"Water, Water, Everywhere"
Context: "The Rime of the Ancient Mariner" appeared first in Lyrical Ballads (1798), published jointly by Coleridge and William Wordsworth (1770-1850). For that book, Coleridge had taken as his province "persons and characters supernatural, or at least romantic." The supernatural machinery of the poem emerges after the Mariner has killed an albatross. At first his shipmates are angered, but when the mist surrounding the boat clears, they insist it is right "such birds to slay." Now retribution begins. An elemental spirit who loved the albatross has followed the ship and becalms it:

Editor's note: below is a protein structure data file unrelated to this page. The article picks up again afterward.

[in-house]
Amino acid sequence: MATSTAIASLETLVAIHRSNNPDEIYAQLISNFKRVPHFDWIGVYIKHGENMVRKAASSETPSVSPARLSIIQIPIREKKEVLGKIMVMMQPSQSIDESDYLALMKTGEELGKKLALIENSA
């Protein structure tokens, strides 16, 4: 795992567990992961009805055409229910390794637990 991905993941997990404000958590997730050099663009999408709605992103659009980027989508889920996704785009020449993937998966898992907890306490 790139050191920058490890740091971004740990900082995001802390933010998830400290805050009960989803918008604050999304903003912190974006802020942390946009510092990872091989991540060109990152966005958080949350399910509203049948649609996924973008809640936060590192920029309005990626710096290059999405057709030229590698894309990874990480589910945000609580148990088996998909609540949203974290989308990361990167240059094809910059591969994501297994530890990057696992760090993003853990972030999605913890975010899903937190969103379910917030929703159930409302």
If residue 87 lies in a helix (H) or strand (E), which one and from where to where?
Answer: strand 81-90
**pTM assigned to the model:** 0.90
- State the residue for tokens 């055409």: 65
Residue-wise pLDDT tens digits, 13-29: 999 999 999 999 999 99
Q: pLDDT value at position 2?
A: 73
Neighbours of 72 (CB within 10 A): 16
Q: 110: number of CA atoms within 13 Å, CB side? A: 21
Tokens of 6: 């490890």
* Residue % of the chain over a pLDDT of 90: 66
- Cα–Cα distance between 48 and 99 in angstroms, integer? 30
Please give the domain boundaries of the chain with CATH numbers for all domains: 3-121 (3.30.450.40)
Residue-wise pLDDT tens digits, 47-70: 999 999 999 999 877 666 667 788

Day after day, day after day,We stuck, nor breath nor motion;As idle as a painted shipUpon a painted ocean.Water, water, every where,And all the boards did shrink;Water, water, every where,Nor any drop to drink.